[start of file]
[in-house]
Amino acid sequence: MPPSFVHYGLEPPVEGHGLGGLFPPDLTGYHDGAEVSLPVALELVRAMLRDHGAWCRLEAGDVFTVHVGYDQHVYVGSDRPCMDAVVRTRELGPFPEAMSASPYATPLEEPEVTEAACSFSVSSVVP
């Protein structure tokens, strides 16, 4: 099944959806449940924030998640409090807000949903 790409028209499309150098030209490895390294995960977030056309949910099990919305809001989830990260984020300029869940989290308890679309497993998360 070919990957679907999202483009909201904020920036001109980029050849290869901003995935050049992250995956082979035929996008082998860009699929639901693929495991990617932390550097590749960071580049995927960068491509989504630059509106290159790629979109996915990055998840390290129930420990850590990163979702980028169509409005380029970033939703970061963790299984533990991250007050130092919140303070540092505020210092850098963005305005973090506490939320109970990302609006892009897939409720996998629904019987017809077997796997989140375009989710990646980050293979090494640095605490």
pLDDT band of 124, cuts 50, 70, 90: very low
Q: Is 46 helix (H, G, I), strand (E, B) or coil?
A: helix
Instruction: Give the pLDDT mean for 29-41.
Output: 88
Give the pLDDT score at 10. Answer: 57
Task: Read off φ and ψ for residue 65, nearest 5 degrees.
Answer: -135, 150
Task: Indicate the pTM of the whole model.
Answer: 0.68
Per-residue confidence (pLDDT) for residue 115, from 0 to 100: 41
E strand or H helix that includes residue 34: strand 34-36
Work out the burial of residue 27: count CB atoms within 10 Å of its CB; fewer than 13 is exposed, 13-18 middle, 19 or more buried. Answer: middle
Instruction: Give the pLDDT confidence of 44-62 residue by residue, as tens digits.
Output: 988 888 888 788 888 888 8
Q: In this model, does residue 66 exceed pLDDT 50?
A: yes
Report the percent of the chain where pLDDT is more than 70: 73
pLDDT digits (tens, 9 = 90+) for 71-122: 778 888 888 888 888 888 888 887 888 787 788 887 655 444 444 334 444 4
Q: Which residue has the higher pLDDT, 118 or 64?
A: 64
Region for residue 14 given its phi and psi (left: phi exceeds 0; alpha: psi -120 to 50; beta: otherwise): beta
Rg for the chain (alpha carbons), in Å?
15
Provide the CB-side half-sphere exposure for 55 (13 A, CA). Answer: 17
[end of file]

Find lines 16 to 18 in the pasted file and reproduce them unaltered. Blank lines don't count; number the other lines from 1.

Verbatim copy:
Work out the burial of residue 27: count CB atoms within 10 Å of its CB; fewer than 13 is exposed, 13-18 middle, 19 or more buried. Answer: middle
Instruction: Give the pLDDT confidence of 44-62 residue by residue, as tens digits.
Output: 988 888 888 788 888 888 8